Ocean Power Technologies (OPT) designs and builds wave energy converters (WECs) under the brand name PowerBuoy® to generate electrical power from ocean waves. An important component of as-sessing a candidate application is predicting the amount of generated power, which requires information about the deployment site wave climate. Historically, OPT has used a joint probability distribution of wave height and period based on an idealized spectral shape with the statistics for the bin center, but a more realistic spectral description has been shown to improve power predictions. While OPT can estimate power by running a simulation for every hourly spectrum in a multi-year timeseries, a more compact spectral representation is sought. Here measured spectra with similar statistics are averaged and used as pre-diction inputs; the results are compared to predictions based on ideal-ized spectra. To gain insight into how prediction quality might depend on device resonant period or site dominant period, examples will be shown for various locations and device sizes using National Data Buoy Center wave spectra measurements.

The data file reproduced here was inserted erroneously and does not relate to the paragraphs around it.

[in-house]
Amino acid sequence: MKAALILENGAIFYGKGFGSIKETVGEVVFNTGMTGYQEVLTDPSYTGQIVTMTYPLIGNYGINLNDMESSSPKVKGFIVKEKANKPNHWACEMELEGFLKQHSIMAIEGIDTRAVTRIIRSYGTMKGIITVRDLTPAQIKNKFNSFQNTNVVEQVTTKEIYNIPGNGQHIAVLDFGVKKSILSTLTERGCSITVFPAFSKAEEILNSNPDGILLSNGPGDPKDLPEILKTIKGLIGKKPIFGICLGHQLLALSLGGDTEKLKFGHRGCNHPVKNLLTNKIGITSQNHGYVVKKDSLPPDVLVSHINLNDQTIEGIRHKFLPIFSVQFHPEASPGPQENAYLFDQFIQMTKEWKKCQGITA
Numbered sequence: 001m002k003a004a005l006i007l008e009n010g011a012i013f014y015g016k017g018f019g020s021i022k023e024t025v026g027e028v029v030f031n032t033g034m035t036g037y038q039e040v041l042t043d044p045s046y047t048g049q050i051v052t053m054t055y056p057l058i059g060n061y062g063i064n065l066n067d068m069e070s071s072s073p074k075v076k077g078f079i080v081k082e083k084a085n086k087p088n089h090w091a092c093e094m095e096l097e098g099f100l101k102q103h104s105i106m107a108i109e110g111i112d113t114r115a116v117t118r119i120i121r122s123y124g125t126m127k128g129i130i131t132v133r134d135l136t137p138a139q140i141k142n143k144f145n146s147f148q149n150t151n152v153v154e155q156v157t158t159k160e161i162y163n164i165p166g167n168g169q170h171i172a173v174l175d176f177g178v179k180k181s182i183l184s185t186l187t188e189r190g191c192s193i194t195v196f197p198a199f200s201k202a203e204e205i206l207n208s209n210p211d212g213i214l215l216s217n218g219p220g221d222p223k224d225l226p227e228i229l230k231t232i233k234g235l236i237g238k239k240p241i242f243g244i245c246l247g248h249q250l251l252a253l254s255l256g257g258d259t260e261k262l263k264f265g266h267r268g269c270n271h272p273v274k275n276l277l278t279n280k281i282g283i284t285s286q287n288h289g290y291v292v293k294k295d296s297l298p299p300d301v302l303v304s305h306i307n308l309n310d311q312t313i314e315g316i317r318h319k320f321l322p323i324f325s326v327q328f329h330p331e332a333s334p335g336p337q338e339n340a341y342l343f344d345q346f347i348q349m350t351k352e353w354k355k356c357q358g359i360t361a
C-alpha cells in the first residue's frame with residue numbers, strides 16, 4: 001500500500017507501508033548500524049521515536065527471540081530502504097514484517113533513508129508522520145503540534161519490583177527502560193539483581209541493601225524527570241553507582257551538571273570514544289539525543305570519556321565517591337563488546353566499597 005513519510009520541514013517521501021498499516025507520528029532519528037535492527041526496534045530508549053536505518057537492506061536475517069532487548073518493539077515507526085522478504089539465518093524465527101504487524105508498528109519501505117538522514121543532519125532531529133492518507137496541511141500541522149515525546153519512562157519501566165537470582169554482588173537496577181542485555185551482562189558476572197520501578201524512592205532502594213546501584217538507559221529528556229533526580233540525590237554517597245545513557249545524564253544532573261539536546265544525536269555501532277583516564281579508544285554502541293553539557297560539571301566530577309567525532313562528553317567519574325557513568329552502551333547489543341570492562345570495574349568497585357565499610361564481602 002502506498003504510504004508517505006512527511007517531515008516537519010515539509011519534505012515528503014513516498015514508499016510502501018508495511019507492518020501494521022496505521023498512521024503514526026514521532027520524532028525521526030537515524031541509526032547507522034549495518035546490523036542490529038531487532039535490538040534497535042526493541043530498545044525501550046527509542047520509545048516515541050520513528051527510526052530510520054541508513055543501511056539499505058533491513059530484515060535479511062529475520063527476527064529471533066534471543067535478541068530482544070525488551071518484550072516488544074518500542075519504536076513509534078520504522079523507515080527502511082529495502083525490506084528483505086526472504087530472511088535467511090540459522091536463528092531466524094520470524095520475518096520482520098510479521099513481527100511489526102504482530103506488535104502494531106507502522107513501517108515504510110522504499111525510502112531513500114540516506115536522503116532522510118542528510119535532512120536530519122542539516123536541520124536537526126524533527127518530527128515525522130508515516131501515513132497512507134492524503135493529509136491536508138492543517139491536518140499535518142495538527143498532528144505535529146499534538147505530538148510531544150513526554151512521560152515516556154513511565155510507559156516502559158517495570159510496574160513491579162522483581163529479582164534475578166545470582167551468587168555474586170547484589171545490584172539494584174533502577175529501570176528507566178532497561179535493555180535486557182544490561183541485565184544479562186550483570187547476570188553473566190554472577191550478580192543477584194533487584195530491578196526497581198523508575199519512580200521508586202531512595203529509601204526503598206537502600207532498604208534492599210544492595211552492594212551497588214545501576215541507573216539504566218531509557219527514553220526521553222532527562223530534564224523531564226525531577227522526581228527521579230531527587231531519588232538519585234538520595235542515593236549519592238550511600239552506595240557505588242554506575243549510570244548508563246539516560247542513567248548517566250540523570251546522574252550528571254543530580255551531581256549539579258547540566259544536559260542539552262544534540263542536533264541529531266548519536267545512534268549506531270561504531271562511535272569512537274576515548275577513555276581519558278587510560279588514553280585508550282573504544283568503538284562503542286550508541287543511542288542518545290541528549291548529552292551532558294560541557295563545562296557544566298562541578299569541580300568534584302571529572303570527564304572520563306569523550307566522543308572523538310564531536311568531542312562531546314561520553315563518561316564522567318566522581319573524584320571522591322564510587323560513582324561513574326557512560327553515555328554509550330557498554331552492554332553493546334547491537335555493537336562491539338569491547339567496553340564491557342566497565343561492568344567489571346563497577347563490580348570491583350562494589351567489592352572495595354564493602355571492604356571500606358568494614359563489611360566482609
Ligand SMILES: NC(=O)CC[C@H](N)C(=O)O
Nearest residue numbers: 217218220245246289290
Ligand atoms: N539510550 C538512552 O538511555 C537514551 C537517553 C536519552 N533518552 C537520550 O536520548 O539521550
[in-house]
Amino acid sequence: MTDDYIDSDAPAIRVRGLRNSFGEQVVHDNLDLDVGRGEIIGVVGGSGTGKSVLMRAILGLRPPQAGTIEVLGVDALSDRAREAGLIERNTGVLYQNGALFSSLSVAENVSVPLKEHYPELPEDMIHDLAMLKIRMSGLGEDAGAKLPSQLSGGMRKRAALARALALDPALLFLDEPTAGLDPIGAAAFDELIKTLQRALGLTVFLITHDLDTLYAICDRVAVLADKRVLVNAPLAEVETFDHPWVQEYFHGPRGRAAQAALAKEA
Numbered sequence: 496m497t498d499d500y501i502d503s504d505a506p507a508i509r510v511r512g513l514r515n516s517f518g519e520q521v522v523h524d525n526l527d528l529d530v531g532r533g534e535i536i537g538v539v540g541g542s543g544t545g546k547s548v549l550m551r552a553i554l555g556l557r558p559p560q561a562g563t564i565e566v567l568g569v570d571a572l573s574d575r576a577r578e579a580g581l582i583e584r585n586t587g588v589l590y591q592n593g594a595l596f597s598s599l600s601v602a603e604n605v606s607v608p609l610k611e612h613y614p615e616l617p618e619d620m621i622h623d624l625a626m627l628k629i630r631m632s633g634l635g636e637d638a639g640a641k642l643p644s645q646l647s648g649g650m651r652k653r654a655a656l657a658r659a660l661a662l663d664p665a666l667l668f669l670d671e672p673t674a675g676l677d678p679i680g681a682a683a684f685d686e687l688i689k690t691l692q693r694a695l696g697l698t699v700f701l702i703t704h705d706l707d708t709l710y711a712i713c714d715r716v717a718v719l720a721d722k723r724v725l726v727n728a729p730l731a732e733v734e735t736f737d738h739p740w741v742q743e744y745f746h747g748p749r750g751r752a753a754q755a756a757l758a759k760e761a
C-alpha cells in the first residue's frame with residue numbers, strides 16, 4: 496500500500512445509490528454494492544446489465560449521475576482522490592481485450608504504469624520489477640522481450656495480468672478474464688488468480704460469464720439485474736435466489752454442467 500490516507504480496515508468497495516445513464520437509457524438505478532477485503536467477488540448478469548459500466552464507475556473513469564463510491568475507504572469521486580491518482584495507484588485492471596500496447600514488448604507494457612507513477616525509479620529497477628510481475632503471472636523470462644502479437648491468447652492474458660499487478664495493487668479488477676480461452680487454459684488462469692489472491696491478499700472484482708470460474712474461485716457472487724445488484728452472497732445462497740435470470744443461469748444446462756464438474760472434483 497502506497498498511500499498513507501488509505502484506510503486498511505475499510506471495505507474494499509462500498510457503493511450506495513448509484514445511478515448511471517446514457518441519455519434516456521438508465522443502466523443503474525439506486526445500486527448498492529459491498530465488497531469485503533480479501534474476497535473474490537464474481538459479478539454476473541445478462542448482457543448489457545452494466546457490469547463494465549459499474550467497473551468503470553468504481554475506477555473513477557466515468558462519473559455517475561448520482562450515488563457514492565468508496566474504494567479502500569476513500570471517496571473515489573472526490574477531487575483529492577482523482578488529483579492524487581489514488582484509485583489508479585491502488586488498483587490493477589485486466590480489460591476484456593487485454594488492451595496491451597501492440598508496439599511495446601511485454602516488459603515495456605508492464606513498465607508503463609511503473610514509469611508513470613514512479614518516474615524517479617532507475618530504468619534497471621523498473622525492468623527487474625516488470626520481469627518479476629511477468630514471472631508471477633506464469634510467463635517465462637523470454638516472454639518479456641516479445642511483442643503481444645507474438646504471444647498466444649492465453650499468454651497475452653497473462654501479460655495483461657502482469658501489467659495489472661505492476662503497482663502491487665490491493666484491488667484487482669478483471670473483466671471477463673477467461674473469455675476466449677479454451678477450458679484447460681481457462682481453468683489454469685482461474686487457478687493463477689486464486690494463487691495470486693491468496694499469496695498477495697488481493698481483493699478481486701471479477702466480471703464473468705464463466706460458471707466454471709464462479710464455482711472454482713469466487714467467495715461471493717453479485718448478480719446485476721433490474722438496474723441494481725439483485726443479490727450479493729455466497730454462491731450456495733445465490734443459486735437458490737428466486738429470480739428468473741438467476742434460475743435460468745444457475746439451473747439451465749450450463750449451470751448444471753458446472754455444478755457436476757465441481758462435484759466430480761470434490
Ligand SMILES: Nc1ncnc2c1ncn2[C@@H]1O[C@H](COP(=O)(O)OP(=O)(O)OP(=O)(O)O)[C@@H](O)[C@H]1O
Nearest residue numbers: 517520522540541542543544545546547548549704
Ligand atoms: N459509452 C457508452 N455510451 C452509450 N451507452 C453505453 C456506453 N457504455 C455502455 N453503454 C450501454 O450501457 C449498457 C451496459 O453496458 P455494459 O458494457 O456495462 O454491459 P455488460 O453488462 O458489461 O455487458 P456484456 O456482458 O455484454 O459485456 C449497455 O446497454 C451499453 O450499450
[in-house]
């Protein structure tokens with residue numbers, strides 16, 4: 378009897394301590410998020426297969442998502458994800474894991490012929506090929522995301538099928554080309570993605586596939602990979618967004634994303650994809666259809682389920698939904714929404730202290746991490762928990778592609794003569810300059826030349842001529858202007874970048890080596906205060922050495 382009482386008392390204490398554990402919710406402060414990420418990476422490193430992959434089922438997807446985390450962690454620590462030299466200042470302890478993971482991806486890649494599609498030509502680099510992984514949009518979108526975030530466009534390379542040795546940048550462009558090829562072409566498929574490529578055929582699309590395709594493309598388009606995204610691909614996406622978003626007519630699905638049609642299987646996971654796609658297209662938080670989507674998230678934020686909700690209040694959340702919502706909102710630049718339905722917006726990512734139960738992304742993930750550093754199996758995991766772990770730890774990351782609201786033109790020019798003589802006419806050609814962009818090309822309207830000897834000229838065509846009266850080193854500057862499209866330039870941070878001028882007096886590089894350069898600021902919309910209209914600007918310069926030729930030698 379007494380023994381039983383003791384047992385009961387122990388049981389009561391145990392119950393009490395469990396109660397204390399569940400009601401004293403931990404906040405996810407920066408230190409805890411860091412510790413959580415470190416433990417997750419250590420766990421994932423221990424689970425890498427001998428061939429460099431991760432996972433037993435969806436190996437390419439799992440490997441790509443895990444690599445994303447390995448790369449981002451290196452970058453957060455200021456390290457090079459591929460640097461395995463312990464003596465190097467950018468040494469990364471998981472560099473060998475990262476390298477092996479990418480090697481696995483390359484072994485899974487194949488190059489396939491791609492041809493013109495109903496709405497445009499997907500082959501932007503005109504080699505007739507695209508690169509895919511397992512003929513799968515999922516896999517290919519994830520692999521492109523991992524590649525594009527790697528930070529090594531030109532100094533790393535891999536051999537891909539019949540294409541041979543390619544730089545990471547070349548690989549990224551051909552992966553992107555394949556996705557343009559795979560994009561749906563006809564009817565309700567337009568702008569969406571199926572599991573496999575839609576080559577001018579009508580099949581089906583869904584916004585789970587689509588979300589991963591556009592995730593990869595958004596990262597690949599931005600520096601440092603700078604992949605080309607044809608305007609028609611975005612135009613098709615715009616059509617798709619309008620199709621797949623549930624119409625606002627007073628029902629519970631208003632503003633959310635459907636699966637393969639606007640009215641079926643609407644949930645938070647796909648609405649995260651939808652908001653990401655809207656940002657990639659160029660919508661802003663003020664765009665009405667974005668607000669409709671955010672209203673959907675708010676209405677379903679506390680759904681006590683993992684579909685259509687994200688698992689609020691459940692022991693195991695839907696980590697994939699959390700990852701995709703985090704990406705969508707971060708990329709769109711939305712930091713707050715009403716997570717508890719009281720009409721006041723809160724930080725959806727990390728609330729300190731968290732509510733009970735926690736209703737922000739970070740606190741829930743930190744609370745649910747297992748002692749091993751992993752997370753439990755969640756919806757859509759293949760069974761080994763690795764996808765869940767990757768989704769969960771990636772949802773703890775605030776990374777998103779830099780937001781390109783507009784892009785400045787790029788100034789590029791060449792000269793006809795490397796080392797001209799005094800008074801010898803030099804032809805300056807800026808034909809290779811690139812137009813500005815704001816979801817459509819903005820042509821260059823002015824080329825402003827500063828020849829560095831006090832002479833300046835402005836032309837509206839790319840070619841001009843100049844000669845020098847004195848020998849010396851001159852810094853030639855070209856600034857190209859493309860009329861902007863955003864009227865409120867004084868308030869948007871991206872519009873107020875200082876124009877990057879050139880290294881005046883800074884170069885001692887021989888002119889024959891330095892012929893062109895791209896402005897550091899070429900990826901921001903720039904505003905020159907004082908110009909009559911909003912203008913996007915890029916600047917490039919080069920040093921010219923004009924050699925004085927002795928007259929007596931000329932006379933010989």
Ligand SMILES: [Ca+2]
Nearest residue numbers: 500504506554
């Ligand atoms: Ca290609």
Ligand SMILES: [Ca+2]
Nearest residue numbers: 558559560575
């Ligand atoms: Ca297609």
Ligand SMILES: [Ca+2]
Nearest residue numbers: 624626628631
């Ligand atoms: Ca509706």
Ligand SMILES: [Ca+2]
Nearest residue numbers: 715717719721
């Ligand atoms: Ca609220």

Three PowerBuoy designs are considered here: a smaller design called APB-350-A2 (or the A2 for short), a midsize PB10, and a larger PB40. Since all these designs are axisymmetric, wave direction does not affect power generation and is not addressed here. Three locations are used: Oregon (high energy, long period), New Jersey (moderate energy and period), and the Gulf of Mexico (low energy, short period). For all three locations, wave measurements have been collected for many years from National Data Buoy Center (NDBC) buoys. The study metric is the ratio of (a) predicted power if an average of measured spectra is used as the model input to (b) predicted power if idealized spectra are used. The input for (a) is an average of all NDBC hourly spectra which have similar significant wave height (Hs) and average (mean) wave period (Ta = 2πm0/m1)values, so that they fall within the same Hs and Ta bins (Figure 1). Note that the resulting average spectrum can have a different Hs than the bin center: in Figure 1, it is 0.65m, which would result in higher predicted power output. The input for (b) is the ideal Bretschneider spectra (Tucker, 1991) with Hs and Tα correspond-ing to the bin center. The Bretschneider spectra is chosen because it is fully defined by the Hs and Tα values, which are directly available from the NDBC data.